Peacock Mantis Shrimp (Some Interesting Facts)

Peacock Mantis Shrimp

The Peacock Mantis Shrimp is a large, bright-colored sea creature, mostly found in the Indo-Pacific region. Its scientific name is Odontodactylus scyllarus.

People also call it the Harlequin Mantis Shrimp, Painted Mantis Shrimp, Clown Mantis Shrimp, or Rainbow Mantis Shrimp.

Peacock Mantis Shrimp is known for its green color, orange legs, and spots that look like a leopard’s spots.

A Peacock Mantis Shrimp is quite big, growing from 1.2 inches to 7.1 inches long.

Where Does the Peacock Mantis Shrimp Live?

The Peacock Mantis Shrimp lives at the bottom of the sea, from Guam to East Africa, and as far South as Northern KwaZulu Natal in South Africa.

Peacock Mantis Shrimp likes to dig U-shaped holes near the base of coral reefs. It can be found in waters that range from 9.8 feet to 131.2 feet deep.

What Is Peacock Mantis Shrimp’s Role in The Marine Aquarium Trade?

Some people love to have the Peacock Mantis Shrimp in their saltwater aquariums. They find it very attractive because of its bright colors. However, others think of it as a dangerous pest.

Peacock Mantis Shrimp can break the glass of an aquarium and eat other sea creatures in the tank.

What Is the Dactyl Club and How Does It Function?

The dactyl club is a part of the Peacock Mantis Shrimp’s body. It’s the most electron-dense region of its skeleton.

There are three regions in the club: the impact region, the periodic region, and the striated region. Each region has different minerals.

The impact region has a step-like decrease in calcium concentration toward the periodic region, and the phosphate concentration decreases gradually.

On the other hand, the carbon and magnesium concentrations increase, indicating that this region is mostly made up of calcium phosphate and calcium carbonate.

It’s also found that the impact region is mainly composed of hydroxyapatite, a mineral that is more crystallized than that found in cow bones.

What Is the Prey of The Peacock Mantis Shrimp and How Does It Hunt?

The Peacock Mantis Shrimp is a predator that likes to eat shellfish like snails, crabs, and clams.

It kills its prey by hitting it with its club-shaped raptorial appendages, which can move as fast as a bullet fired from a handgun. This is the fastest recorded punch of any living animal.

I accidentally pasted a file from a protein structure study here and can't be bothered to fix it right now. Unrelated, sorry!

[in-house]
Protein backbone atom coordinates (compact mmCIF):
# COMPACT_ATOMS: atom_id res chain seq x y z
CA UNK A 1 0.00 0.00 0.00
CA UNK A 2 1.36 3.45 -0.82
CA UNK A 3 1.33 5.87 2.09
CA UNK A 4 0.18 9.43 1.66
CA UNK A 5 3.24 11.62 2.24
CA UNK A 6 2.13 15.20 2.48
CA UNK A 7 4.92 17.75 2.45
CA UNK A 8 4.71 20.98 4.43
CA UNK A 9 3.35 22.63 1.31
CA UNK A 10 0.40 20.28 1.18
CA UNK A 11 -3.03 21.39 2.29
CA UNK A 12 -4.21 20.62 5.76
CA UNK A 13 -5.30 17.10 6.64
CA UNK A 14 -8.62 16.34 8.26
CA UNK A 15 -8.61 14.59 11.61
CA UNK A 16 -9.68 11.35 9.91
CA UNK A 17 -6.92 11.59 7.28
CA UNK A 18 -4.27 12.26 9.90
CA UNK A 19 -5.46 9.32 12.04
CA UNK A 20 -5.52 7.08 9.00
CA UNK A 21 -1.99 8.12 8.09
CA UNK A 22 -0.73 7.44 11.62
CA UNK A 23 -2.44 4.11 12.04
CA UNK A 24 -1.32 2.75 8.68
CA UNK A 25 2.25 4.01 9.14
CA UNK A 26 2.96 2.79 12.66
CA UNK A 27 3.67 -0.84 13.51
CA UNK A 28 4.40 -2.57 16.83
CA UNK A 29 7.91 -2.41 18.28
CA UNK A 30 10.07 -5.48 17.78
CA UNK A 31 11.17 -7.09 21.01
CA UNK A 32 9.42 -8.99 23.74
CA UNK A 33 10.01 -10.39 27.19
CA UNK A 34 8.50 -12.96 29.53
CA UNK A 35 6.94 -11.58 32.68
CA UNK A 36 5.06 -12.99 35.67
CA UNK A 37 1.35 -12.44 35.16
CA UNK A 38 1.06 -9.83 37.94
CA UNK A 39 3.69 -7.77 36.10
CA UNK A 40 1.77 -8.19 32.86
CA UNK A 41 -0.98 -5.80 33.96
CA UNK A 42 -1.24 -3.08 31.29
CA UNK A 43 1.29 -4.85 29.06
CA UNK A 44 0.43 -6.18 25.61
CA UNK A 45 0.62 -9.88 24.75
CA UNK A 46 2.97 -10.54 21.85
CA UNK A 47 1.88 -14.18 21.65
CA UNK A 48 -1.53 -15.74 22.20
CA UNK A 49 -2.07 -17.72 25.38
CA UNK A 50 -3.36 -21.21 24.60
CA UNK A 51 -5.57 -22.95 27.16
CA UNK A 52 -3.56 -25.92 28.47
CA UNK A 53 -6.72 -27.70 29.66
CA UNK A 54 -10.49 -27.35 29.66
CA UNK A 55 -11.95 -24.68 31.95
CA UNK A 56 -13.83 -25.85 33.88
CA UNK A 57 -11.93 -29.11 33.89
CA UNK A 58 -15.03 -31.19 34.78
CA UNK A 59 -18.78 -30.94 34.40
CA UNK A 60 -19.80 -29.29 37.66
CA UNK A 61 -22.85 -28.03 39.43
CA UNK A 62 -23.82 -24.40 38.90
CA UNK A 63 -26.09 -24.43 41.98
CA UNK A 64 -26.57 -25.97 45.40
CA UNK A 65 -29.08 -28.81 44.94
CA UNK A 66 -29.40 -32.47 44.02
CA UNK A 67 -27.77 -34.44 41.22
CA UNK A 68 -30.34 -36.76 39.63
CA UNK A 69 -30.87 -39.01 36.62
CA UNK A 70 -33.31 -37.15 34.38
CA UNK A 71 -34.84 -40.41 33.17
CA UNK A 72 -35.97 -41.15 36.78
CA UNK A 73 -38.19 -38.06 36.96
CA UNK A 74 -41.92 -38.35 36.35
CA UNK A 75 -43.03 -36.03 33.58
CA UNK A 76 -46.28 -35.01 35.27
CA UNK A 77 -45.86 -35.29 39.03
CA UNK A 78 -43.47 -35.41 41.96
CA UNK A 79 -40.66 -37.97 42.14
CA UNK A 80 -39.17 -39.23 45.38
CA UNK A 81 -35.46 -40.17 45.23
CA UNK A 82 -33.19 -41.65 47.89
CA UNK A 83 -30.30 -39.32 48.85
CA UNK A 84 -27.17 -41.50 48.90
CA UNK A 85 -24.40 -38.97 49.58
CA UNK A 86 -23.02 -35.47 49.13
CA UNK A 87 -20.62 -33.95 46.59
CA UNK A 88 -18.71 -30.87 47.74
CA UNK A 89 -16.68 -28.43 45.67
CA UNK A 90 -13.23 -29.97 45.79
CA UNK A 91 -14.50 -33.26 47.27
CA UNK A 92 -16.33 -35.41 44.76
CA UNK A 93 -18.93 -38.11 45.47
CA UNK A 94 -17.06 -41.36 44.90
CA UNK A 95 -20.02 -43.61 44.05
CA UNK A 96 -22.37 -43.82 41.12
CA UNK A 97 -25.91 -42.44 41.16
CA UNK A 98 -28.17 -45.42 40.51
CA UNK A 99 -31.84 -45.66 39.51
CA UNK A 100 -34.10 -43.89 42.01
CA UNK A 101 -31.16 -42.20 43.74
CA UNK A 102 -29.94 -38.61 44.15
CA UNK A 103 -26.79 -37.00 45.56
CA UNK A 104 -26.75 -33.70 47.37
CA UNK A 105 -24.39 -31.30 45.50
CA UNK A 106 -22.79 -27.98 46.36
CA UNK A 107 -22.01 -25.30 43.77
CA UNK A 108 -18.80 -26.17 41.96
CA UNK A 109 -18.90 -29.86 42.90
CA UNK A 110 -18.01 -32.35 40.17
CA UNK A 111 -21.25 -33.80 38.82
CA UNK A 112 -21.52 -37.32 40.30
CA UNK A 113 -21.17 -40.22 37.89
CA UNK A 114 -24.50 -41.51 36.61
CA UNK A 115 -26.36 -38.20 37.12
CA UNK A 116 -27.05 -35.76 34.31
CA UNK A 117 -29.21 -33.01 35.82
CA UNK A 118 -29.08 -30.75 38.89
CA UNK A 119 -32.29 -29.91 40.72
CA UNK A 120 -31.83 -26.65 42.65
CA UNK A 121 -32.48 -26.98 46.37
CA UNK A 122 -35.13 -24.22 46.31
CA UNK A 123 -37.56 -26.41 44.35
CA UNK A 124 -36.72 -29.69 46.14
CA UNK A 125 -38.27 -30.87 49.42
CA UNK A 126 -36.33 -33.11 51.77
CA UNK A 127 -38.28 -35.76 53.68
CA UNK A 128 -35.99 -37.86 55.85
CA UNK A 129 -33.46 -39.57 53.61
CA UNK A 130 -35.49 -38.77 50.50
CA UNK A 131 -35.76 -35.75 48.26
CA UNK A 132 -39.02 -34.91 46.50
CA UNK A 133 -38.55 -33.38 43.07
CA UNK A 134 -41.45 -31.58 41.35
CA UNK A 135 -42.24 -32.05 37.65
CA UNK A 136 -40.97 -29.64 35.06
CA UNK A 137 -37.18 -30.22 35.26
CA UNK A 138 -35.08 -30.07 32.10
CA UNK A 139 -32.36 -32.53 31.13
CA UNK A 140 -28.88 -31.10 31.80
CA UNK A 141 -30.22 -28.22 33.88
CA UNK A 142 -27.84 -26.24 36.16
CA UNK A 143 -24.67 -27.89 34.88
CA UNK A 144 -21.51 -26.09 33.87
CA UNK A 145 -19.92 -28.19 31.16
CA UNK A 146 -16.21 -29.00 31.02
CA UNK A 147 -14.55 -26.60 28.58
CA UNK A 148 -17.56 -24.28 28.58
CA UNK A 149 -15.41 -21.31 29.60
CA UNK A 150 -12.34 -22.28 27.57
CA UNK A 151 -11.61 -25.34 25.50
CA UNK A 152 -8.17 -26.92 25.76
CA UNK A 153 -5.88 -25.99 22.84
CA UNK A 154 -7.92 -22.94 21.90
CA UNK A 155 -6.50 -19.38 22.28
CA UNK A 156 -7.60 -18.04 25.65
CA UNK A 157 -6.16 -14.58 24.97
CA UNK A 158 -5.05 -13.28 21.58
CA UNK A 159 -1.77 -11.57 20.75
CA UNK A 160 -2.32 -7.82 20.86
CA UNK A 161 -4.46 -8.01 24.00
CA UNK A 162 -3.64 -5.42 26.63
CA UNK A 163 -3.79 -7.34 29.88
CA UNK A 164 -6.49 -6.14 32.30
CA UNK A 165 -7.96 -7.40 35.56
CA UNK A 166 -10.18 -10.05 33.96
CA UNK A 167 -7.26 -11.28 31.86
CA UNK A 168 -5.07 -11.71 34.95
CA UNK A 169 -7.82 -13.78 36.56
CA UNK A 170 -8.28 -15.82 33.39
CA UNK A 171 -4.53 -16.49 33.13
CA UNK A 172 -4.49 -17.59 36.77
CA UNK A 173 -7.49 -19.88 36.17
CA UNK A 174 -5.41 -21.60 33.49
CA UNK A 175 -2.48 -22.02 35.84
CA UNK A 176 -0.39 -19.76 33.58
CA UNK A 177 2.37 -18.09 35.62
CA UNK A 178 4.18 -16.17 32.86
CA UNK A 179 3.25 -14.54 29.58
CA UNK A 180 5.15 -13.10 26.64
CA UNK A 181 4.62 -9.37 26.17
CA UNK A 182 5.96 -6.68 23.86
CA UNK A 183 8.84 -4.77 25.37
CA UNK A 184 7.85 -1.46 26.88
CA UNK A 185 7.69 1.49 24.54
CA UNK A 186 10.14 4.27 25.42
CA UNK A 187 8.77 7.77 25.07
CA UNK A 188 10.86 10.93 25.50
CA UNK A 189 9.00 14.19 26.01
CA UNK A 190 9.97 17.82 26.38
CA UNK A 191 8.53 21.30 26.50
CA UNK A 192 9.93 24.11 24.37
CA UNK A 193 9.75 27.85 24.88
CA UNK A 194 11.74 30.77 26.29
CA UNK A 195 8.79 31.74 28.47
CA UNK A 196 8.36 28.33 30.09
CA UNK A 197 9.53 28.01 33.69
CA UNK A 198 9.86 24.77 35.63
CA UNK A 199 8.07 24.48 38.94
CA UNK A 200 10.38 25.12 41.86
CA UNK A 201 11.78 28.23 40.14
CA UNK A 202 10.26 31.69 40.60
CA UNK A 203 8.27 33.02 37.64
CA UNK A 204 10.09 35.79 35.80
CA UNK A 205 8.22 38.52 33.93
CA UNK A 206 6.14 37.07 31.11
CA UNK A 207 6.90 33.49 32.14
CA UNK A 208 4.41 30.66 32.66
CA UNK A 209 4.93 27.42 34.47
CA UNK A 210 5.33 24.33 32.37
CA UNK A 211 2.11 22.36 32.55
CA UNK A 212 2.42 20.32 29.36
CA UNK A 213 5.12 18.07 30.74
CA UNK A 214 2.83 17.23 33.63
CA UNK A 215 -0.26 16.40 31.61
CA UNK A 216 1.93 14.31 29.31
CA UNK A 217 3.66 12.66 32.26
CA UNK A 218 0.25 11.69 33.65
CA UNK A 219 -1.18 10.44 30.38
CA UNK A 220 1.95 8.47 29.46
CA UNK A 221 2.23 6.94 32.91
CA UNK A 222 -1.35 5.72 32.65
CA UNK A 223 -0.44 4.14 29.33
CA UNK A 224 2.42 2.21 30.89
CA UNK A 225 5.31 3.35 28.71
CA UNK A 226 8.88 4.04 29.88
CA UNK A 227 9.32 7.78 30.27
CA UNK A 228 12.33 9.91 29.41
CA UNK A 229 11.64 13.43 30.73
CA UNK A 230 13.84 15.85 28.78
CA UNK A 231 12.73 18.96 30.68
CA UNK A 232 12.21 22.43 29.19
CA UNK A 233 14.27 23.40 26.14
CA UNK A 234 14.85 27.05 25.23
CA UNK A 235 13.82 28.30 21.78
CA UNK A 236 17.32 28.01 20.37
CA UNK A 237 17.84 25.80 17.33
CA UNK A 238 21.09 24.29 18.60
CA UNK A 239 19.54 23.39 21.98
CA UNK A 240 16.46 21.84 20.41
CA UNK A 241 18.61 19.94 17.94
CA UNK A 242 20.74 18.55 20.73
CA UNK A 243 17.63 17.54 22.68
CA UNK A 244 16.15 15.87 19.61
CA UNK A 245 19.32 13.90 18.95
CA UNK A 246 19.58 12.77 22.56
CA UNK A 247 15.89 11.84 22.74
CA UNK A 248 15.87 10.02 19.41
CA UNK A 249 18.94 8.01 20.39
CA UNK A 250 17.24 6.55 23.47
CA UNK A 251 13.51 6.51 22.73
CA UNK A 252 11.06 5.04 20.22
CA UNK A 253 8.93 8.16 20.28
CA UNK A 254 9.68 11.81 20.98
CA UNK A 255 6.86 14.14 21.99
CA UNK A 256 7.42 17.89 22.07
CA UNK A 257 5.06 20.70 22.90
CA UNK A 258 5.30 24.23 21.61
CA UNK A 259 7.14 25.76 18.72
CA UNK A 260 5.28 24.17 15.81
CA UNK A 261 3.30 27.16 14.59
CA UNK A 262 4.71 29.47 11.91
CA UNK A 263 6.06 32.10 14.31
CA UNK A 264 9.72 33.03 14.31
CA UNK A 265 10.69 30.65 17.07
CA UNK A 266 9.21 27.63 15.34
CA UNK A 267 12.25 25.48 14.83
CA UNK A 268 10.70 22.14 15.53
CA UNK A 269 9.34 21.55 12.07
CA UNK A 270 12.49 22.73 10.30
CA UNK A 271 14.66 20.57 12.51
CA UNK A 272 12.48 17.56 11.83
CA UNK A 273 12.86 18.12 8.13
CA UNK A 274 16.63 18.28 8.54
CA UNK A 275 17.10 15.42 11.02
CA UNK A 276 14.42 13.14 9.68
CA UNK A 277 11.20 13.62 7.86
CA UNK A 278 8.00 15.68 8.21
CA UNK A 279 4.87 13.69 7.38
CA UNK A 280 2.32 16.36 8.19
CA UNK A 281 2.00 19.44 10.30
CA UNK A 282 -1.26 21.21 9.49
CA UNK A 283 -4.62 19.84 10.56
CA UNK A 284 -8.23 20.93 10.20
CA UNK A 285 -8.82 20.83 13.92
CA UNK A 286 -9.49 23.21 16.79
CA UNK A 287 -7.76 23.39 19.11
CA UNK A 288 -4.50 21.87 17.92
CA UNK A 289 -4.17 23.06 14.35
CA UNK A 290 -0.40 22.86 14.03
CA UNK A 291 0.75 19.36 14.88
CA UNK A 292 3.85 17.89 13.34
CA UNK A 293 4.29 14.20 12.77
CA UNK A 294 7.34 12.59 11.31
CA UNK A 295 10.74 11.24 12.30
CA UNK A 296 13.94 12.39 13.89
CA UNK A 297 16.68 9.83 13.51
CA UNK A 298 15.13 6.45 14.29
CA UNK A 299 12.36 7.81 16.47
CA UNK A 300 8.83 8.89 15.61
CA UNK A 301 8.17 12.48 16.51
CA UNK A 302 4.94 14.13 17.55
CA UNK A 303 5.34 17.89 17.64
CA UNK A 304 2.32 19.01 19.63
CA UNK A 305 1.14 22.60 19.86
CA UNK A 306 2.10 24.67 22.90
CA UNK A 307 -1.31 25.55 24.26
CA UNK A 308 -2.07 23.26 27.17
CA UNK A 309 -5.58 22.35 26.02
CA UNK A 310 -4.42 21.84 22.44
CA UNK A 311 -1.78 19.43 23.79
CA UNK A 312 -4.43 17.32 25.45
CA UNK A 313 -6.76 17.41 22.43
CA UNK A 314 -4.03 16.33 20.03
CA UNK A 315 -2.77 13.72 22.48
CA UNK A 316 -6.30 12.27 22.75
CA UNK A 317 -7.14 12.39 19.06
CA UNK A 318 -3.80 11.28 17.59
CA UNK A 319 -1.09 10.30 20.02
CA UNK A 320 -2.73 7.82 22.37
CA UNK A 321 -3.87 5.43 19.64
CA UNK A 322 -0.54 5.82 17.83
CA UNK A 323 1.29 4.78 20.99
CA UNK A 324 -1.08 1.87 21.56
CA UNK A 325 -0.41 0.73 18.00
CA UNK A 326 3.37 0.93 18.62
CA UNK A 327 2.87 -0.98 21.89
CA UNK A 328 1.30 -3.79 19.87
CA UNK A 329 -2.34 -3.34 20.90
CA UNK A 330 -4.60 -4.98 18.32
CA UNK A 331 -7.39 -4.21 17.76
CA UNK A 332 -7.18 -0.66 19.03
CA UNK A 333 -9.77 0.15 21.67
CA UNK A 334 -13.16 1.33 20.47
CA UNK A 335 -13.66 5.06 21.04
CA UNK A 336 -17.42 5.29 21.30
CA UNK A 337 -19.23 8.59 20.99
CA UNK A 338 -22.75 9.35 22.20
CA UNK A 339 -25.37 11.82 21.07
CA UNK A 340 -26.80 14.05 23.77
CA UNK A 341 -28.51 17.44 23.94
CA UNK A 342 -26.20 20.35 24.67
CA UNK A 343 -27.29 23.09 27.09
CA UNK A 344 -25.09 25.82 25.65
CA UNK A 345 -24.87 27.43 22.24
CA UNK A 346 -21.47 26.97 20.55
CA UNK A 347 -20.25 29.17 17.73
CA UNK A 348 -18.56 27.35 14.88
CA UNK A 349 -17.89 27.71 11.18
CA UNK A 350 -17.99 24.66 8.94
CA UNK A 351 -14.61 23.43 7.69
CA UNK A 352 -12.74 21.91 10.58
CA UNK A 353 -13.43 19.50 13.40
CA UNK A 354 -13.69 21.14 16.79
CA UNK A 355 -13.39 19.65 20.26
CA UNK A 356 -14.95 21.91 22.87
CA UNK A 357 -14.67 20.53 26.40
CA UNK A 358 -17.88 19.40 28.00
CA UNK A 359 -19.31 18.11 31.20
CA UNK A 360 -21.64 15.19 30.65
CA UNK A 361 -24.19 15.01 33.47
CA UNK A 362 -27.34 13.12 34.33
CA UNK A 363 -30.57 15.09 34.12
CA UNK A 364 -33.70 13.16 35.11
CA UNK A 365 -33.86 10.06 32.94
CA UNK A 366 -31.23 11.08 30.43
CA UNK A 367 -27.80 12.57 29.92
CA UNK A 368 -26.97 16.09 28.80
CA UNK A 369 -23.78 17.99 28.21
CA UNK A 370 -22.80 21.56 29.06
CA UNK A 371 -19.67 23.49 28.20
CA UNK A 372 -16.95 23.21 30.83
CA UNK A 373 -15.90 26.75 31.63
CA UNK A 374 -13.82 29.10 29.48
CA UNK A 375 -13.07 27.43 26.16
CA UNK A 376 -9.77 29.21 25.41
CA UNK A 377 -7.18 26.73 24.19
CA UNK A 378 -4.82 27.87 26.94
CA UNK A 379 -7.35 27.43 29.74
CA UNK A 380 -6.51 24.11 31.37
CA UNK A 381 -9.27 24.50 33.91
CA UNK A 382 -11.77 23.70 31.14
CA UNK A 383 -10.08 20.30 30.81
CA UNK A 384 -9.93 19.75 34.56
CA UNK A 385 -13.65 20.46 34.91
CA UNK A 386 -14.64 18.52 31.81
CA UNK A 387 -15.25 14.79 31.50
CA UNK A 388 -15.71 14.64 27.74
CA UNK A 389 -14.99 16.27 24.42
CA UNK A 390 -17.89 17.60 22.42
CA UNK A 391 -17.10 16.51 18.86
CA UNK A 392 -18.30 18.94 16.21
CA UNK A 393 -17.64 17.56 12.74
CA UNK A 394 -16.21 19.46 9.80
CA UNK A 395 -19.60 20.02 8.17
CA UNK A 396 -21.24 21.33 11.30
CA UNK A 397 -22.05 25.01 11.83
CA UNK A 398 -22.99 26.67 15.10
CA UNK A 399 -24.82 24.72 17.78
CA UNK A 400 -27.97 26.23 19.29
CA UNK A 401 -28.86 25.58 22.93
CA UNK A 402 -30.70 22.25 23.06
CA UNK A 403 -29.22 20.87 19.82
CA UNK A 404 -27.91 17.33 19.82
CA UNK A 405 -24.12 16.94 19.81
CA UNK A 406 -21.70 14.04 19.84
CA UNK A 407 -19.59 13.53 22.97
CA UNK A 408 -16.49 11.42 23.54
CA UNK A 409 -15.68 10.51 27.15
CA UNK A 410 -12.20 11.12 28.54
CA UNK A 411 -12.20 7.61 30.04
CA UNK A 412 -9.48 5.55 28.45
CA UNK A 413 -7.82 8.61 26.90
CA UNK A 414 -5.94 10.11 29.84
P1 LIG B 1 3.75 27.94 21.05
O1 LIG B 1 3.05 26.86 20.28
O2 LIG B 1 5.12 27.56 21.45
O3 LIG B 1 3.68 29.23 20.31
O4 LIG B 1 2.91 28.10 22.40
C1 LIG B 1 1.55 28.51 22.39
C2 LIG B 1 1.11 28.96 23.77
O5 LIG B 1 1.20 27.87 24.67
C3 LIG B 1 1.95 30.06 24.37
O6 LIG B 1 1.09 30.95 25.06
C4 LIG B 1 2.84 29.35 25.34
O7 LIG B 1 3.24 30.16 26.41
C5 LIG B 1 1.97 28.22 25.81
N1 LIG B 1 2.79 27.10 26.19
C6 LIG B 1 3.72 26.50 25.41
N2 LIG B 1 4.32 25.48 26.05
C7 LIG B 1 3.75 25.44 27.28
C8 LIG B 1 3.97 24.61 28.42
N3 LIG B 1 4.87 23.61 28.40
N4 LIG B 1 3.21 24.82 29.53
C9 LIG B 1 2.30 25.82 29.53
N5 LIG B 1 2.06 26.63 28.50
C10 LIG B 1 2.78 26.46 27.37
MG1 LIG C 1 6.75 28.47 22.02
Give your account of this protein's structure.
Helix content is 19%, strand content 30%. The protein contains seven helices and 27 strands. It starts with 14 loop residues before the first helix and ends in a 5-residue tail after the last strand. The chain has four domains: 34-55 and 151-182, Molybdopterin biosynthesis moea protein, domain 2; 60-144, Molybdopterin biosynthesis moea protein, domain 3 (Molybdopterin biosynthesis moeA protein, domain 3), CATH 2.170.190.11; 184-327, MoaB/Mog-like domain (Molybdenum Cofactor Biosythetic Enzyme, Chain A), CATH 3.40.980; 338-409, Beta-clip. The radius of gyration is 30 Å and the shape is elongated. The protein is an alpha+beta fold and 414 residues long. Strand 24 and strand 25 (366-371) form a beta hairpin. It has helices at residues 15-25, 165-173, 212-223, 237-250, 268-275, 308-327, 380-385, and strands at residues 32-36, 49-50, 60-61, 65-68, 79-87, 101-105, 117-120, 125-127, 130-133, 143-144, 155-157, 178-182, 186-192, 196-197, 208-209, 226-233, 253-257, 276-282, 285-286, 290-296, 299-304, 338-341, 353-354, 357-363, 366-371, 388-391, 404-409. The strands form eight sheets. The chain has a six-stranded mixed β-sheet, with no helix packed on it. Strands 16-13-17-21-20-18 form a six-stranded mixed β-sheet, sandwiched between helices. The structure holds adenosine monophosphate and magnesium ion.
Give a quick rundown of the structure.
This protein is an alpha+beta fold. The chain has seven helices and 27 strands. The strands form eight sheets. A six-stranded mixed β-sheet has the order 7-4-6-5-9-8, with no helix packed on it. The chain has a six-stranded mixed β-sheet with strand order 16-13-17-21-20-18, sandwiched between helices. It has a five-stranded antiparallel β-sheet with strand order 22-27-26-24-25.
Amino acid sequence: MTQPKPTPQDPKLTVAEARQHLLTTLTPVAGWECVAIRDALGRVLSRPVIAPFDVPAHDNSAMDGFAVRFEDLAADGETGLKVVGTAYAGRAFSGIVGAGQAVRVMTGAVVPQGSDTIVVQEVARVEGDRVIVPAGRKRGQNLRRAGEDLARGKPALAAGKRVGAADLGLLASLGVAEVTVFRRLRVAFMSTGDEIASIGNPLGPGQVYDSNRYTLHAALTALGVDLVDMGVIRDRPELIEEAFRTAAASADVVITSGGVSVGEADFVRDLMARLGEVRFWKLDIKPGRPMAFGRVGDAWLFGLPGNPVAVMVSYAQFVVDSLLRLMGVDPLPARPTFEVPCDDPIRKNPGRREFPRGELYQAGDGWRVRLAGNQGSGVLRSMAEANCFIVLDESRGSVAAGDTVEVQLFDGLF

When the Peacock Mantis Shrimp strikes its prey, it creates bubbles that pop and release a large amount of heat. This heat weakens the armor of the prey.

After that, the Peacock Mantis Shrimp can easily get to the soft tissue inside the prey and eat it.

What Are Some Special Features of Peacock Mantis Shrimp’s Raptorial Appendages?

The surface of the Peacock Mantis Shrimp’s hammer-claw, a part of its raptorial appendages, is made up of very dense hydroxyapatite.

It’s laid out in a way that makes it highly resistant to fracturing. This material is so strong that it can break ordinary glass tanks.

Researchers are studying its composition for potential use in material engineering.

What Are the Challenges of Keeping a Peacock Mantis Shrimp in An Aquarium?

Keeping a Peacock Mantis Shrimp in an aquarium is not easy. It can break the glass tank with its powerful punch. It also likes to dig in live rocks, which can cause damage.

Once it’s inside a tank, Peacock Mantis Shrimp may eat other fish and sea creatures. It can be tough to catch once it’s in a well-stocked tank.

There are even stories of Peacock Mantis Shrimp breaking glass tanks and damaging coral when they want to make a home within it.

What Is the Role of Live Rock in A Marine Aquarium with Peacock Mantis Shrimp?

Live rock with mantis shrimp burrows is thought to be helpful by some marine aquarists.

It’s not uncommon for a live Peacock Mantis Shrimp to be brought into an aquarium with a piece of live rock.

Peacock Mantis Shrimp Characteristics

Reef Safe?With caution
Care Level:Easy

Scientific Classification

Scientific Name:Odontodactylus scyllarus
Also Known As:Peacock Mantis Shrimp, Harlequin Mantis Shrimp, Painted Mantis Shrimp, Clown Mantis Shrimp, Rainbow Mantis Shrimp
Conservation Status:Unknown

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